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Book review: Otters: Return to the River

A superb portrait of the otter's return to its kingdom. Picture: Contributed

A superb portrait of the otter's return to its kingdom. Picture: Contributed

  • by JIM GILCHRIST
 

AN elusive, sinuous entity so at home in its element it can seem little more than a quicksilver twist of water and fur, the otter is one of our most charismatic mammals. The award-winning wildlife photographer Laurie Campbell has been seeking it out for much of his life – “getting his eye in”, as he puts it, honing his ability to spot riverine wildlife amid concealing tangles of rocks, roots and reeds.

Otters: Return To The River

By Laurie Campbell & Anna Levine

Birlinn, 128pp, £14.99

As the book’s alternating first person accounts by Campbell and writer Anna Levin explain, this also requires hours, days and sometimes nights spent in cramped concealment, and an intuitive understanding of your subject.

Campbell’s images range from such crystalline studies as fractal-like blades of hoar frost on gorse spines or a mayfly on a grass stem etched against a rising moon, to his shot of an otter diving through a brown sunlit pool that is as near-abstract as a pattern in polished burr elm. There are landscapes, too, of a winter-stilled Whiteadder Water or a Tir-na-Nog-like sunset over Ardnamurchan.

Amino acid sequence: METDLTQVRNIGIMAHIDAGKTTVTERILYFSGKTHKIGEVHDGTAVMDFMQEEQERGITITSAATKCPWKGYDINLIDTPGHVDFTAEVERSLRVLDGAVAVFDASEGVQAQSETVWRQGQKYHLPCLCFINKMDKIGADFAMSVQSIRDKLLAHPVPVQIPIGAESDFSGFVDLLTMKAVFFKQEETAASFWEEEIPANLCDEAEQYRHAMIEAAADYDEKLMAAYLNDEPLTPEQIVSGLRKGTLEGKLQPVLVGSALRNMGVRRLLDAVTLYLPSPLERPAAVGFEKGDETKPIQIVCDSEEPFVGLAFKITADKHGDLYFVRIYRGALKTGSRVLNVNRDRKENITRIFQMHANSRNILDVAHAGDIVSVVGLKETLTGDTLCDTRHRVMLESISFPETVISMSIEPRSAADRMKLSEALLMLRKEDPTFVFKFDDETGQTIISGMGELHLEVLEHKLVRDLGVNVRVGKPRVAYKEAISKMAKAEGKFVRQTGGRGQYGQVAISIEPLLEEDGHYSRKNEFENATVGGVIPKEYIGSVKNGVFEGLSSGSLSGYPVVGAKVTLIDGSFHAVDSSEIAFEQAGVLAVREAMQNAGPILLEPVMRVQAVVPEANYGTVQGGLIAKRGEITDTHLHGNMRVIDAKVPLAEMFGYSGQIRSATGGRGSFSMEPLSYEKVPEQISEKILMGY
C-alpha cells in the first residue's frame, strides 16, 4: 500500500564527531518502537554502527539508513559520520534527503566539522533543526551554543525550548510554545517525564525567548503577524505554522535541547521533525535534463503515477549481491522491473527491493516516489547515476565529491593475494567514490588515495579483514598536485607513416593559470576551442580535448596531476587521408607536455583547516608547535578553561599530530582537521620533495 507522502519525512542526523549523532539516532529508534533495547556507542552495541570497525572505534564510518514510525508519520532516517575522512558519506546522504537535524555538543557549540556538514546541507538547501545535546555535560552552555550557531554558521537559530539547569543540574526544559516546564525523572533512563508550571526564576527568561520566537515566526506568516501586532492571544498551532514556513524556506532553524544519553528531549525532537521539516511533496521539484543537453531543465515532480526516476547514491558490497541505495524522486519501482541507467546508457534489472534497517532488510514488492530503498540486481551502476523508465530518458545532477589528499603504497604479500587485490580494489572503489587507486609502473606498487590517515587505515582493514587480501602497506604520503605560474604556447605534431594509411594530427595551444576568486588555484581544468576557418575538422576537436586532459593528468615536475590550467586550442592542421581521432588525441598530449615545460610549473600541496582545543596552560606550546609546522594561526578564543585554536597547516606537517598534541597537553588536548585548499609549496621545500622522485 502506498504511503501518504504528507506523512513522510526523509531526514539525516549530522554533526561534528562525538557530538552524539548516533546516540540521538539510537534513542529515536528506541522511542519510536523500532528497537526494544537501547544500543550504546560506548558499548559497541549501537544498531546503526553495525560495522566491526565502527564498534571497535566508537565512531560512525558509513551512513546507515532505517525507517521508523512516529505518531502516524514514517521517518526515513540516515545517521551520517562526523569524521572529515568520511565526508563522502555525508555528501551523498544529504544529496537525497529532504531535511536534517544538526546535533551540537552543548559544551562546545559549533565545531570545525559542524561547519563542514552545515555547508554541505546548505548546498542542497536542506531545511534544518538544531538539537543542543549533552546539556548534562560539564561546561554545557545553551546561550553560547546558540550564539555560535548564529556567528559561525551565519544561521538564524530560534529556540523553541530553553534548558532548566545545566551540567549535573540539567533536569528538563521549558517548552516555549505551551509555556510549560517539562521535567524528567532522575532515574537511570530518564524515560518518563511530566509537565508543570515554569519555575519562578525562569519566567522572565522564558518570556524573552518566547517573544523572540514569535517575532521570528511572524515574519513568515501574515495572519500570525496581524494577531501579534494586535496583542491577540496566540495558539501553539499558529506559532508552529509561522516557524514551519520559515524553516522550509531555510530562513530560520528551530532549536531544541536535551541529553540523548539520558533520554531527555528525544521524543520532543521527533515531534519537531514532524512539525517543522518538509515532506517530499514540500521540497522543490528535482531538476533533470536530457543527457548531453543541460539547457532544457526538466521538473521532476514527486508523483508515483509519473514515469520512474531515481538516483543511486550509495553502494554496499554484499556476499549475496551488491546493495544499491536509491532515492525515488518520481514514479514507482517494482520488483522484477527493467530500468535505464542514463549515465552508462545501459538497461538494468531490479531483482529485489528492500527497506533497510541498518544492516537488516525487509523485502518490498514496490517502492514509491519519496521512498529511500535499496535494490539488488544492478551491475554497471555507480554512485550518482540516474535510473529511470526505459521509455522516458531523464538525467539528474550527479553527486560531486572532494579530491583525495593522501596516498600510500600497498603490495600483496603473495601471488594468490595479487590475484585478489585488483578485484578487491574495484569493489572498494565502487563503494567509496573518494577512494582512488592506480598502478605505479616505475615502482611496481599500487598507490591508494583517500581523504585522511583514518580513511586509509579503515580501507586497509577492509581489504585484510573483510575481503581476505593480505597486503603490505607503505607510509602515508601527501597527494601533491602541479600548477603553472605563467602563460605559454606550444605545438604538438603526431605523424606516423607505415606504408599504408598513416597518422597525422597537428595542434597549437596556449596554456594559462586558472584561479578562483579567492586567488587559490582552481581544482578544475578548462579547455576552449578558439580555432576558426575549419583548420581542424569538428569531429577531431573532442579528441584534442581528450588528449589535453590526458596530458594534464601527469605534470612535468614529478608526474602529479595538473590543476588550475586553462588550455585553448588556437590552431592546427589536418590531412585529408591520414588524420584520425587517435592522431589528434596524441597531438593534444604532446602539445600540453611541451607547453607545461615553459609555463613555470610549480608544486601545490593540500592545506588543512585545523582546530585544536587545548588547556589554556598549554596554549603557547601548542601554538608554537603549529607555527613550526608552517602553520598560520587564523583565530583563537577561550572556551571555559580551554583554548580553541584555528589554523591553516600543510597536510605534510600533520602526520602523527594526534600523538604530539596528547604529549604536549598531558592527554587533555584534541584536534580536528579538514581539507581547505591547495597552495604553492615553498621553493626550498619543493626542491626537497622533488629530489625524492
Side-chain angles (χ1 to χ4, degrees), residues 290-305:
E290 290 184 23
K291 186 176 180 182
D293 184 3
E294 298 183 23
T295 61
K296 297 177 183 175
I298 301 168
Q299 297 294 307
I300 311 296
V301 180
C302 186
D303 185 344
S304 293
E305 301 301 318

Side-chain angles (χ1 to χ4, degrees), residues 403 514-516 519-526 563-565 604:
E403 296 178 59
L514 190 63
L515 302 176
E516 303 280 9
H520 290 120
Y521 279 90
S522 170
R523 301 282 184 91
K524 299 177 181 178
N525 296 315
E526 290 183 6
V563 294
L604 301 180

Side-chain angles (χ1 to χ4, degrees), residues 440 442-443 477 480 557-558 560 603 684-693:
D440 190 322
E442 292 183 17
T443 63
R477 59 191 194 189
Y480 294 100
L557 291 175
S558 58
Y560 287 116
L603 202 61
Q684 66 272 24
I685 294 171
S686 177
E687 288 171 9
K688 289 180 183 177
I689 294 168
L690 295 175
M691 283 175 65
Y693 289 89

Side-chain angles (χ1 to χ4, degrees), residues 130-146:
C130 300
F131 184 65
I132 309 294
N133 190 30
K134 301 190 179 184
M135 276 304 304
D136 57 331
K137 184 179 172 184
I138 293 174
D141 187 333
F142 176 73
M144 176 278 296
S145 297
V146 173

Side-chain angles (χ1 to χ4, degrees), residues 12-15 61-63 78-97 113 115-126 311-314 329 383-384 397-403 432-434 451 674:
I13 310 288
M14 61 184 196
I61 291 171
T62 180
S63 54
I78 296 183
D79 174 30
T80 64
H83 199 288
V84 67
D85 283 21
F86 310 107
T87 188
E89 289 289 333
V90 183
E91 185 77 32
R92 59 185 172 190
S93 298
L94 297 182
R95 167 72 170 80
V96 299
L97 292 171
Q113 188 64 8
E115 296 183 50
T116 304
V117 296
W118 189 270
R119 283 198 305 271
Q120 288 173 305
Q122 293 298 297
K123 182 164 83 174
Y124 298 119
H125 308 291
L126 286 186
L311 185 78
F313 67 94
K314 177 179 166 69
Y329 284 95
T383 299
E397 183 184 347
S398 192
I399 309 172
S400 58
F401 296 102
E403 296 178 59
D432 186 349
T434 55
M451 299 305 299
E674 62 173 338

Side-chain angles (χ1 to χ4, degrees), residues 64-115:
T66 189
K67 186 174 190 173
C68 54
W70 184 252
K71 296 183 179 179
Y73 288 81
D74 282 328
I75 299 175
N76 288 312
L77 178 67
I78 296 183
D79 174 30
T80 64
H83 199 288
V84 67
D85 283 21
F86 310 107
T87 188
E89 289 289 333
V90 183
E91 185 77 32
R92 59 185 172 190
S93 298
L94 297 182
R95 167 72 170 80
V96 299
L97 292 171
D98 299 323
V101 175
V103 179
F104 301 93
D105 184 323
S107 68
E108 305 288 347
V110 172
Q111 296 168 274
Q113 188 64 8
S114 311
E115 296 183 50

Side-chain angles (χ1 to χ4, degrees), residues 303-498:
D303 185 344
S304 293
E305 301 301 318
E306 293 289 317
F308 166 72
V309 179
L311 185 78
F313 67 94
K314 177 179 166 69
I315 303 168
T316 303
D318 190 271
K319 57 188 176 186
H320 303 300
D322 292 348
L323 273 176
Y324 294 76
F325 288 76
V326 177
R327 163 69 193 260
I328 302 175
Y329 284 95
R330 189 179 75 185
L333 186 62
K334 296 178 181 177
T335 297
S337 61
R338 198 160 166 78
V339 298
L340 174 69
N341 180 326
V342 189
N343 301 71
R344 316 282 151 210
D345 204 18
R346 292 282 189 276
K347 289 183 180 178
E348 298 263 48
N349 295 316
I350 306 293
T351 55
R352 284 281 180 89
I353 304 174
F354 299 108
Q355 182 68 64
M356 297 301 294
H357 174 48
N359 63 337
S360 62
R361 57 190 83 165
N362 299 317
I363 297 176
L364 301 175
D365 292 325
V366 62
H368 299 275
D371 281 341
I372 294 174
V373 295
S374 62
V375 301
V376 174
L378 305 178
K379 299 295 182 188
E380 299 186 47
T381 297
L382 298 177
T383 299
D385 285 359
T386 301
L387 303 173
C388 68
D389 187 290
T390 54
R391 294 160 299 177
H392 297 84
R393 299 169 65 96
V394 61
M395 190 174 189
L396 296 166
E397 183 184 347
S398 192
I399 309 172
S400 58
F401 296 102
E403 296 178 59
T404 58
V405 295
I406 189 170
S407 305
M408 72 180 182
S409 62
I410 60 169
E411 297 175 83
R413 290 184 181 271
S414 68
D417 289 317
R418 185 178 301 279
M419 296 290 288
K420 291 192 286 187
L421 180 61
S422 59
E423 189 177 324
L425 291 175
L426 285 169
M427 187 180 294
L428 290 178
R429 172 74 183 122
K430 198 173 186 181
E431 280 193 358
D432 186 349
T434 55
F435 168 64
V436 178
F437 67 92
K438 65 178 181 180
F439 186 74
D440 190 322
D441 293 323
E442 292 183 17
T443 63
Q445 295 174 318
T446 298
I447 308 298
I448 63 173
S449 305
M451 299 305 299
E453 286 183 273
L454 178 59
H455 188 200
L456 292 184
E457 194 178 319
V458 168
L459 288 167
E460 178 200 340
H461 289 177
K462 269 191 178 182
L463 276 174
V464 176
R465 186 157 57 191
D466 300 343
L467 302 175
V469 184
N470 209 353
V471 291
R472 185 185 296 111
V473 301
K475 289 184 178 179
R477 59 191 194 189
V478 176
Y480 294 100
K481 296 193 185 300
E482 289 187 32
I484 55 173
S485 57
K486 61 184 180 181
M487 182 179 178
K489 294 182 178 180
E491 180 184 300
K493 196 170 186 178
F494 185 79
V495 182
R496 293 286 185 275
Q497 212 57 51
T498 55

The otter, however, is the presiding genius here, and while Levin’s words warmly document Campbell’s methods and sensibility, it is, inevitably, the photographs that stand out, capturing otters in classic Loch Ness Monster formation of sleekit humps, or coursing unconcernedly under a bridge in Berwick-upon-Tweed amid Saturday afternoon traffic. Another surfaces under cover of seaweed to closely scrutinise Campbell, despite his camouflage netting – the watcher watched.

By the late 1970s, Lutra lutra, the Eurasian otter, had disappeared from most of Britain, thanks largely to agricultural chemicals in the food chain. By 2012, legislation had helped it re-colonise almost two-thirds of its former sites – including Campbell’s home “beat” of the Tweed and its tributaries.

Otters, therefore, is not only a visual testimony to Campbell’s ability, as Sir John Lister-Kaye says in 
his foreword, “to slough off human-ness and blend seamlessly and invisibly into the wild world”, but a heartening picture of the return of a species.

Laurie Campbell will be appearing at the Edinburgh book festival on 23 August along with Patrick Barkham, the author of Badgerlands.

 

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